Local S-20 of the International Association of Fire Fighters (IAFF) represents firefighters working for the State of Florida. During bargaining for 2015-2016, Local S-20 sought a $1500 per member raise. Upon reaching impasse, the parties submitted their positions to the Joint Select Committee on Collective Bargaining as required by the statute for resolving impasses.
After the Committee completed its work, the Legislature passed what is known as a General Appropriations Act, or GAA. The GAA included language resolving the impasse by granting a $2000 per member pay raise, an even larger raise than Local S-20 had sought. The Legislature also passed a catch-all impasse provision providing for the resolution of unaddressed impasses “by maintaining the status quo under the applicable current bargaining agreement.”
When the GAA was presented to Governor Rick Scott, he issued a line-item veto for the $2000 raise. After the Legislature took no subsequent action to override the veto, the impasse was resolved by maintaining the status quo.
Local S-20 filed an unfair labor practice charge claiming that the Governor lacked veto authority. Florida’s Public Employees Relations Commission dismissed the charge, rejected Local S-20’s argument that the Governor was powerless to veto the raise and approved the State’s presentation of a bargaining agreement that maintained wages at the status quo.
The Florida Court of Appeals agreed, and upheld the Governor’s veto of the raise. The Court found that the Florida Constitution is clear that the Governor may sign the GAA, veto it, or veto specific appropriations within the act. In this case, if the Governor approved the $2000 raise within the GAA, then the impasse would be resolved. However, if the Governor vetoed either the entire GAA, or the raise-specific proviso within the GAA, then the impasse would remain within the Legislature’s purview to resolve by some other means.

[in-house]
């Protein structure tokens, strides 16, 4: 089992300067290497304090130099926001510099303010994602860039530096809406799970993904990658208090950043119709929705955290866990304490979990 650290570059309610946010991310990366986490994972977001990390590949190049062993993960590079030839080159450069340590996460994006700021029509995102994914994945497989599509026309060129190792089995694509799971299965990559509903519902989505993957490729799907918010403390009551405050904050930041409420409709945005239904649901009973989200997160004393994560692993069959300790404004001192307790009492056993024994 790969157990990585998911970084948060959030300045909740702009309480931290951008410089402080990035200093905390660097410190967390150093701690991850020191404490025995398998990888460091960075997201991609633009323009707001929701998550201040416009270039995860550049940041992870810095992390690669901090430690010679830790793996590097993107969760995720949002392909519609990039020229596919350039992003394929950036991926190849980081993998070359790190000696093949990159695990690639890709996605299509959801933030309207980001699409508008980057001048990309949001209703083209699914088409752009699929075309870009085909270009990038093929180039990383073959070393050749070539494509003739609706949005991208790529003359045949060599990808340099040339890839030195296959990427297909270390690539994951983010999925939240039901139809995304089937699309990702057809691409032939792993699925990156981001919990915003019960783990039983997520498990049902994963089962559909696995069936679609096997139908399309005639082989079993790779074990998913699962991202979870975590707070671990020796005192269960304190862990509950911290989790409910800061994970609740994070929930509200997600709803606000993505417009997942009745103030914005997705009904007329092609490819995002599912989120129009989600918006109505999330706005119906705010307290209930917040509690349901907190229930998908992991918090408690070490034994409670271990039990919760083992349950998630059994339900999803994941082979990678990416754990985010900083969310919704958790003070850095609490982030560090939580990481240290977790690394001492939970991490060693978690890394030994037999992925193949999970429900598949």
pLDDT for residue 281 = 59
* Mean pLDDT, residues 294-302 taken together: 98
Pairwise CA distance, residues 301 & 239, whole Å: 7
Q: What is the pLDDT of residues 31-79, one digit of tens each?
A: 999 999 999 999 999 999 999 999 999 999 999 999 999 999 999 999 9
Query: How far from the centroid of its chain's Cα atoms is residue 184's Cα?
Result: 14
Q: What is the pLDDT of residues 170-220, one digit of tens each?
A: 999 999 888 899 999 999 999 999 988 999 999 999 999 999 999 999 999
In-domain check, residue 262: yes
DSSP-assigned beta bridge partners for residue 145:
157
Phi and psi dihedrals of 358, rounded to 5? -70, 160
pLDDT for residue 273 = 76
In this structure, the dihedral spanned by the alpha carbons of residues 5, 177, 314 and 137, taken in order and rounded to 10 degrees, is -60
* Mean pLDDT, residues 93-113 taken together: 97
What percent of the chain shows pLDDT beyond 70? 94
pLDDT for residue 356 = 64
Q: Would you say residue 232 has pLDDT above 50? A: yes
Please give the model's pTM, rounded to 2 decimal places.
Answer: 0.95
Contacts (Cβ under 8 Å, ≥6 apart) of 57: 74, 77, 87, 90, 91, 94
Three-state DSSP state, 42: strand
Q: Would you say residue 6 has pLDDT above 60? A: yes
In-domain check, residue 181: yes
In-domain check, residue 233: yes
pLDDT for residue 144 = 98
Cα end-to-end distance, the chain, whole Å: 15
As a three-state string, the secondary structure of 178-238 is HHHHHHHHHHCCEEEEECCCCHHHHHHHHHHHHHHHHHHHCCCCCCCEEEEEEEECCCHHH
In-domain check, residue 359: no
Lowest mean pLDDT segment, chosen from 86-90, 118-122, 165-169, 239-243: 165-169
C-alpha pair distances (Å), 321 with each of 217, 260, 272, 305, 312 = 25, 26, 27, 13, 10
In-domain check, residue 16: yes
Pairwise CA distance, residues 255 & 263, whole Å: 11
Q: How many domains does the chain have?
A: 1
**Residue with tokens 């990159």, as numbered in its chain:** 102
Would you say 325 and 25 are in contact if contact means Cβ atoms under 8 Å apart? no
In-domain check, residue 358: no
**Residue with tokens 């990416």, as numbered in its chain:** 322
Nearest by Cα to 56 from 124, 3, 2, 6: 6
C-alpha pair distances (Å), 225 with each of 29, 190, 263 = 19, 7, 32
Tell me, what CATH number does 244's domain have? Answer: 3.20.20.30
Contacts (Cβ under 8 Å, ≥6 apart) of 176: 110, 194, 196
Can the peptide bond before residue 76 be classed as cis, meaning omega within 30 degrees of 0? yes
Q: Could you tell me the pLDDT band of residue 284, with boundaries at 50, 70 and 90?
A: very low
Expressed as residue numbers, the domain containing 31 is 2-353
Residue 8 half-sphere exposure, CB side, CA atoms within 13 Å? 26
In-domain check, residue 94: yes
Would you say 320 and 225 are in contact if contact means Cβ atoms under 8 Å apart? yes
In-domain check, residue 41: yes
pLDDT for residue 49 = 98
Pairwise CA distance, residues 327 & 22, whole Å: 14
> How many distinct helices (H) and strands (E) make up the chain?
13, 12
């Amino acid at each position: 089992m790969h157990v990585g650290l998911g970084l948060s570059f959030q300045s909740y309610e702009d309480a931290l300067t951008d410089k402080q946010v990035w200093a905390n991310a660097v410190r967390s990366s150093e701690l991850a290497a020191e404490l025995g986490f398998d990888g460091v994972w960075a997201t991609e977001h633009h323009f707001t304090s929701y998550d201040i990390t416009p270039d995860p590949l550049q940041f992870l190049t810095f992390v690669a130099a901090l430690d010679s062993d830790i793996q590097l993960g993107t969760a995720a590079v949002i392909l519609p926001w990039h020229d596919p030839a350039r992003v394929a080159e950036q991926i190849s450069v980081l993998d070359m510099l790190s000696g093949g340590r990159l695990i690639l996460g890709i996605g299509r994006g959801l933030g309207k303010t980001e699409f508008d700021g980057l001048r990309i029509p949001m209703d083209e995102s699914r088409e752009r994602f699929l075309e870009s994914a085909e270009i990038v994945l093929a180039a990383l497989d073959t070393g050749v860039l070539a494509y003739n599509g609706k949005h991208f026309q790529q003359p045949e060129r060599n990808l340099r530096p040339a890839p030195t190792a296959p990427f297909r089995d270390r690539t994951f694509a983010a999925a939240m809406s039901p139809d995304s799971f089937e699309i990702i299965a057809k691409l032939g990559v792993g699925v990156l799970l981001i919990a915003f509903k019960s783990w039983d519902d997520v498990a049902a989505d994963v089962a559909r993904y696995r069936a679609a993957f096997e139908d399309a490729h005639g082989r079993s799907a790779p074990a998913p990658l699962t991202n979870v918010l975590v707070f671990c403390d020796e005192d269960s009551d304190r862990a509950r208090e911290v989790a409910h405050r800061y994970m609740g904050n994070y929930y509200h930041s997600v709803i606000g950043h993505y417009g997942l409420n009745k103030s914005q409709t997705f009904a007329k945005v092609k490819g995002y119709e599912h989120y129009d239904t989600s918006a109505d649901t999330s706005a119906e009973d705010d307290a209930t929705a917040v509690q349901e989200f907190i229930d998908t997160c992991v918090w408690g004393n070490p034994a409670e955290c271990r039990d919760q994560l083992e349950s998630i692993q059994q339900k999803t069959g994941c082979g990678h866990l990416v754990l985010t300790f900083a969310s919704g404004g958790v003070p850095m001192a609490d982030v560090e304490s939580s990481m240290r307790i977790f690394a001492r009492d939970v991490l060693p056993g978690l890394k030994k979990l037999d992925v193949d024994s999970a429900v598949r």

“Local S-20 asks us to recognize a limitation on the Governor’s constitutional authority to review the GAA, even though the Constitution explicitly allows the Governor to veto the GAA or any specific appropriation in a general appropriation bill. We cannot accept the invitation. The Florida Constitution clearly articulates the Governor’s authority to veto the GAA, or specific appropriations therein. It authorized him to veto the raise appropriation here. That firefighters possess constitutional collective bargaining rights does not alter the Governor’s constitutional authority with respect to the GAA.
“Moreover, the Governor’s veto did not displace the Legislature’s power to resolve the impasse in this case. After the veto, the Legislature retained final authority under the statutes to resolve the wage impasse, and it did so here. The Legislature knew two things before attempting to resolve the impasse through the GAA: (1) that the Governor could veto specific appropriations, and (2) that it could override any veto. After the Governor exercised his veto authority in this case, nothing stopped the Legislature from exercising its constitutional authority to override his veto.”
IAFF Local S-20 v. State of Florida, 2017 WL 2438334 (Fla. App. 2017).